We welcome to the blog today a guest post by Luther Adams, author of Way Up North in Louisville: African American Migration in the Urban South, 1930-1970. In the wake of World War II, when roughly half the black population left the South seeking greater opportunity and freedom in the North and West, the same desire often anchored African Americans to the South. Adams offers a powerful reinterpretation of the modern civil rights movement and of the transformations in black urban life within the contexts of migration, work, and urban renewal. While acknowledging the destructive downside of emerging post-industrialism for African Americans in the Jim Crow South, Adams concludes that persistent patterns of economic and racial inequality did not rob black people of their capacity to act in their own interests.
In a previous post, Adams considered how African Americans have claimed the South as Home, but on their own terms. In today’s post, Adams shares a speech he gave to the newly formed Black Student Union at the University of Washington Tacoma in which he explores the history of guns and gun violence and the effects of both on the African American community.
Upon his death, W. E. B. Du Bois left this final message to the world:
One thing alone I charge you. As you live believe in life! Always human beings will live and progress to greater, broader and fuller life. The only possible death is to lose belief in this truth simply because the great end comes slowly, because time is long.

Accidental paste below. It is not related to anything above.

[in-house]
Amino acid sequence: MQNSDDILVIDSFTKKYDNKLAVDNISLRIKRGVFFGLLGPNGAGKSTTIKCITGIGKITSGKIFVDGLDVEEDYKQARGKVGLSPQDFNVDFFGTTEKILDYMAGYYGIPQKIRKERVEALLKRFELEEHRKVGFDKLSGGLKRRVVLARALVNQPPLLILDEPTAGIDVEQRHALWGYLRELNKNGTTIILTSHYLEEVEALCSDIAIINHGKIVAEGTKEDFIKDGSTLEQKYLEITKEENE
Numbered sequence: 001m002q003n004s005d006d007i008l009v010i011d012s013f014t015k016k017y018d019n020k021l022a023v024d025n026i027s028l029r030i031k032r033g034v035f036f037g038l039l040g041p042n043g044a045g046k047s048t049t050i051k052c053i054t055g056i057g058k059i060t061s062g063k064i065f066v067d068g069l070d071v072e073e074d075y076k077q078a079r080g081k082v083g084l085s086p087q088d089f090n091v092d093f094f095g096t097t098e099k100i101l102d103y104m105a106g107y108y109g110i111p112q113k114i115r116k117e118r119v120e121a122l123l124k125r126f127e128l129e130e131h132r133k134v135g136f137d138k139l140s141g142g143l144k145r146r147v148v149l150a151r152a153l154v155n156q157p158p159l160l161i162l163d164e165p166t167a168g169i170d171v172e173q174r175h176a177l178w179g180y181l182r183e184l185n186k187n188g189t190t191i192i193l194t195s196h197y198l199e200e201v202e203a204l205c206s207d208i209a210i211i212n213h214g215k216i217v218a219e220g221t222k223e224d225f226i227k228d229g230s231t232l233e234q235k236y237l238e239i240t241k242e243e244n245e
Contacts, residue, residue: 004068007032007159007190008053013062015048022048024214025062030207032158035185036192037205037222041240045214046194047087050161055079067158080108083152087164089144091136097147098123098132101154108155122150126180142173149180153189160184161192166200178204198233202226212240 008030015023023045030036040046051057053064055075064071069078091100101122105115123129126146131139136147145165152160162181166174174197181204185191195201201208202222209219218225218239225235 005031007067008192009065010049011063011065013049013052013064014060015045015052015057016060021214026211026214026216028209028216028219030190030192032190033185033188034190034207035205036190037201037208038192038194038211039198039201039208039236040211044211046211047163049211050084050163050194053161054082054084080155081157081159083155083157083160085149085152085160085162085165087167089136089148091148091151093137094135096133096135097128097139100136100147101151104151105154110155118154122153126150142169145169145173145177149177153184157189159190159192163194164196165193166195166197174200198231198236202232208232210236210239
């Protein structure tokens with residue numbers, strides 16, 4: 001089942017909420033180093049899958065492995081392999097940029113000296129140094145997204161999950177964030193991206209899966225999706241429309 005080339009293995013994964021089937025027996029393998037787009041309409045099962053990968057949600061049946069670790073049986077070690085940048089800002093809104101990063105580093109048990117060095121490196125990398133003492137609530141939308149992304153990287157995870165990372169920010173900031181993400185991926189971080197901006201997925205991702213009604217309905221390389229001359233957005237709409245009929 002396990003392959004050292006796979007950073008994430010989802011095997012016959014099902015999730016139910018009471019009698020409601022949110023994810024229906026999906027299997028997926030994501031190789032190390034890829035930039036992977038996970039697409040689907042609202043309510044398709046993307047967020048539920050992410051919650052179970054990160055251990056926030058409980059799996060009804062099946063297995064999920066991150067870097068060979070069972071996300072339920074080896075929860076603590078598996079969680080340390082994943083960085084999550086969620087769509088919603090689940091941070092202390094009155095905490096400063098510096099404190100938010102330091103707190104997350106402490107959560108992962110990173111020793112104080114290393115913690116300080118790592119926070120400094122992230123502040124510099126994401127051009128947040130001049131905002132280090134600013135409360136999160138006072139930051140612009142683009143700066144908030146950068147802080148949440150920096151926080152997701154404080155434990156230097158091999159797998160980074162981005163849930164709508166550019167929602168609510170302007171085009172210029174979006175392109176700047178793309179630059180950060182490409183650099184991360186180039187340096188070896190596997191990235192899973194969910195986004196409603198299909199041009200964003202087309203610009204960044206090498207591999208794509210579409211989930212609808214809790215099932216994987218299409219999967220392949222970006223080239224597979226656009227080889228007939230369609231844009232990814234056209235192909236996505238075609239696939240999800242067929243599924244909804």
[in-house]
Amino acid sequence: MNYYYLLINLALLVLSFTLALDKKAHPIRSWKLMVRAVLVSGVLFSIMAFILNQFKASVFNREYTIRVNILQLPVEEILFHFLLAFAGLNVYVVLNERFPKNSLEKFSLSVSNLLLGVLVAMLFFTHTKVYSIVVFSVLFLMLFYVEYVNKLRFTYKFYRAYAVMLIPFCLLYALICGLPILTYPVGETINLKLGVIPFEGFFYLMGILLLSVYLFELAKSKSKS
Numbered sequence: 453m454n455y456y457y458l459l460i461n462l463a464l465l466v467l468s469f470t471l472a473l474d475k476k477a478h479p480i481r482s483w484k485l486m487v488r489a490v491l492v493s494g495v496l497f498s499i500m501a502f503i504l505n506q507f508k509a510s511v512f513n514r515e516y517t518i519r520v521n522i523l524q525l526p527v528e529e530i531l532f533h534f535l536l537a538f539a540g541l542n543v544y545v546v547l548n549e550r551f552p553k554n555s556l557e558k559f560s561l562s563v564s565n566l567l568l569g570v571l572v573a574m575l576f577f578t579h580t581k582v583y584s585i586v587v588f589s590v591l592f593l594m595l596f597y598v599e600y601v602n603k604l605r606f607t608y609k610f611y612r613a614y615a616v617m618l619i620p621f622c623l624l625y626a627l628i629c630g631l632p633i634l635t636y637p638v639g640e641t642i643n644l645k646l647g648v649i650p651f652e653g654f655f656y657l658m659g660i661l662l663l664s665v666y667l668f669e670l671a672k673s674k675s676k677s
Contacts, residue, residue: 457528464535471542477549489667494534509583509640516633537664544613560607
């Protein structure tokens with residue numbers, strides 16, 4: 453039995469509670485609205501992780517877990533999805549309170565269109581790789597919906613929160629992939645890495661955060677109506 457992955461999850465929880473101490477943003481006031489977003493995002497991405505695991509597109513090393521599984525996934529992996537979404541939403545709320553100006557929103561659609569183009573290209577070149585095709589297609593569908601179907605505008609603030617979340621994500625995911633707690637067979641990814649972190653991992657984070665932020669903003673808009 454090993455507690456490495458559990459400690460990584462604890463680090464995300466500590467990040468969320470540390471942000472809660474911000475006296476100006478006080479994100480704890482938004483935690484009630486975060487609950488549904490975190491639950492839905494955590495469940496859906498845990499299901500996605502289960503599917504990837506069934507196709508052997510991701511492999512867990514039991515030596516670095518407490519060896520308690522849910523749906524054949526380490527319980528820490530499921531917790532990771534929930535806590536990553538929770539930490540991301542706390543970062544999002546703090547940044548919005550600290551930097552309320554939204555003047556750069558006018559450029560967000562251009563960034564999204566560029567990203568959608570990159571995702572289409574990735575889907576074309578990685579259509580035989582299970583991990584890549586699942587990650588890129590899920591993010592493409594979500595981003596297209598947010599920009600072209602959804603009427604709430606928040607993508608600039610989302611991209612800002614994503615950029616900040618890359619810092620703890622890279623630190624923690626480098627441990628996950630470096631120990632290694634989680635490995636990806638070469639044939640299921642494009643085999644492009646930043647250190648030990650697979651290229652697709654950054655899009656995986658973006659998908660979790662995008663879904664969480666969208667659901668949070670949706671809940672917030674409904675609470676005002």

At the University of Washington Tacoma there is a group of dedicated students that revived the Black Student Union. Dismissive of postracialism, they remain convinced of the need for a black student organization. They organized out of a sense of need and desire for community and family on campus, but also to have fun while making a difference in the lives of people in their neighborhoods and communities. BSU students are parents, workers, veterans, and some of the first in their families to attend college. Wherever you encounter students like those in BSU: mentor them and nurture them. They are among a growing number of people, young and old, who are acting on the beliefs expressed in W. E. B. Du Bois’ final words.
In the Spring 2014 quarter, dismayed by the violence growing in the black communities they live in and care about, BSU organized an event on gun violence called “Stop the Chalk.” They invited me to speak with them, and below is what I said, and what I wish I had said. I don’t pretend that this is new information, but until we heed its call, it bears repeating. BSU students and those who attended said these words were helpful. Perhaps you and your students will find them helpful too. I have included a list of websites I wish I had given those in attendance—the numbers and statistics are important, but in the end it is not a question of numbers.
Today we live in a culture of death. In the United States and across the globe there is violence and war. Everywhere is war and the rumor of war. The rising black murder rate is not limited to Chicago; it is a national issue for anyone concerned about violence, and violence in black communities. The violence in cities like Chicago is not an anomaly—gun violence is everywhere. In the United States there are more than 300 million guns and just under 400 million people. Continue reading ‘Luther Adams: W. E. B. Du Bois’ One Charge’ »